I know of a country in which people are fined if they don’t vote. Voting is considered a duty not a privilege.
Imagine the field day the United States media would have were such an idea ever seriously proposed in this country. The rightwing apologists in the employ of corporate-sponsored think tanks, the witty columnists in the employ of mass media outlets, the bloggers and tweeters. An attack on American freedom, democracy, values! Big Brother! Ridiculous!
In the midst of such a spectacle one might, among other things, wonder if the individuals and organizations that held power in the United States were deathly afraid of representative democracy—of a situation in which all those eligible actually voted (even if only to avoid the fine). Or, more soberly, one might suppose that the powerful had recognized that, were everyone to vote, they would have to devote even more of their budgets to bribery and manipulation, and so it only made good business and political sense to do everything they could to get such a universal-voting proposal dismissed.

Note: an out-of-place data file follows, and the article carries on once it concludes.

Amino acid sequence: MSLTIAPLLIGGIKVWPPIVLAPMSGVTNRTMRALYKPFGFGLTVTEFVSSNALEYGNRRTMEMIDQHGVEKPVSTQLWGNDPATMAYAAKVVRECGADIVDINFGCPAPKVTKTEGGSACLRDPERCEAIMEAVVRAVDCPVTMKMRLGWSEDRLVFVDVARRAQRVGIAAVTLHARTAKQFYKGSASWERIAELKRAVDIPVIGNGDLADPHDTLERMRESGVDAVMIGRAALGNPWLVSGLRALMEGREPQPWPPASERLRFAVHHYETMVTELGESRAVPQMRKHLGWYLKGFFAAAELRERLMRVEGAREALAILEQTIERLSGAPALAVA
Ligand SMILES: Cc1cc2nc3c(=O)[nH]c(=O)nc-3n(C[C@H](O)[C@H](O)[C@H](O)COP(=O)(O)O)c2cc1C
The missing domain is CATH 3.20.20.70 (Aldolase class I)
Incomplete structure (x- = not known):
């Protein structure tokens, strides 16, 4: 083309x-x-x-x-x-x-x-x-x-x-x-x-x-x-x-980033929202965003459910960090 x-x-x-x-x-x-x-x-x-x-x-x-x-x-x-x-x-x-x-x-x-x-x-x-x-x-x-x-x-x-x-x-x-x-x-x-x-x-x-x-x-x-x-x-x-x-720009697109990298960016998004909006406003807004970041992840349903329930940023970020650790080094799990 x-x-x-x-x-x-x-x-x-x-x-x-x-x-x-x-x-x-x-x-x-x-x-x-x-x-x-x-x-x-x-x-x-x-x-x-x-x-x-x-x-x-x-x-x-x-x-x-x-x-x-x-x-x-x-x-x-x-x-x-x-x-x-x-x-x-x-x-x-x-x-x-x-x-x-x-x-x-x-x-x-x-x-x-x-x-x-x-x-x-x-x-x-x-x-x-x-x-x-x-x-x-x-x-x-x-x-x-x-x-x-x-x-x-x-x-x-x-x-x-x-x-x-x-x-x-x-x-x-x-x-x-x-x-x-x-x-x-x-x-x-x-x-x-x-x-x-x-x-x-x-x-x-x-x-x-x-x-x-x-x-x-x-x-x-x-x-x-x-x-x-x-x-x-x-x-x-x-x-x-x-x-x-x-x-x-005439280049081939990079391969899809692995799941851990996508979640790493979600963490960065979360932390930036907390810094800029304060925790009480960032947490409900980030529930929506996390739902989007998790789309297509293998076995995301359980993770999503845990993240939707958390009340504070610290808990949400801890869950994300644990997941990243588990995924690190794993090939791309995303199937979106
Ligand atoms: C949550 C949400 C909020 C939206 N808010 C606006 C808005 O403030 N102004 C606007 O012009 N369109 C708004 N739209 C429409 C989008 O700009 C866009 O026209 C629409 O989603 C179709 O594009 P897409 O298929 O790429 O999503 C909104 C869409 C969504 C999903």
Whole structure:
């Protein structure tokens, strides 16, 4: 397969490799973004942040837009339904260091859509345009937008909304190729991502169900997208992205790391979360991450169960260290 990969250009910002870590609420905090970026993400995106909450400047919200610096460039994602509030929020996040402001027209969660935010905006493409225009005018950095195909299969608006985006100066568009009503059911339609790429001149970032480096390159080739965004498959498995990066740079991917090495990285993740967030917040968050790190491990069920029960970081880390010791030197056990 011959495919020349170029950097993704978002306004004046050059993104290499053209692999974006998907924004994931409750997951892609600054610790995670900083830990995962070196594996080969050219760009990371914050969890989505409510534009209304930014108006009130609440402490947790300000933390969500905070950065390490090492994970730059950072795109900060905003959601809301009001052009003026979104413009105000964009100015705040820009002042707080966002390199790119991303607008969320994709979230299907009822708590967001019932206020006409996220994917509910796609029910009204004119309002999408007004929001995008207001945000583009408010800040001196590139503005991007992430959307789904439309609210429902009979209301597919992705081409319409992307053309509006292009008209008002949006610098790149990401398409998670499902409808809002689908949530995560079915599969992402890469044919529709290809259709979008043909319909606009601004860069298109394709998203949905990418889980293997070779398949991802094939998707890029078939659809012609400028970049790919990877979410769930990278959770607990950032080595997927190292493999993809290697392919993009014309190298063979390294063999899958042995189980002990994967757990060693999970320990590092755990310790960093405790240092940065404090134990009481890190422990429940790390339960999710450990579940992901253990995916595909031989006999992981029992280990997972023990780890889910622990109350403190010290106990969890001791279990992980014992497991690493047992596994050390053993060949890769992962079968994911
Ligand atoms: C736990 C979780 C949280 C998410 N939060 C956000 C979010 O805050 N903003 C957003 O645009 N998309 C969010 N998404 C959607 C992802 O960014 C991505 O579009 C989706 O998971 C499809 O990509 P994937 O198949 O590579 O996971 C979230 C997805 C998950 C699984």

But let us not ignore the great value of fining those who refuse, forget or can’t be bothered to vote. Under such circumstances dutiful voters, emerging from their polling places, might enjoy a feeling of well-being quite beyond any normally associated with going to the polls in the United States. (I.e., the exquisite pleasure, known also to many motorists, of avoiding paying a fine.)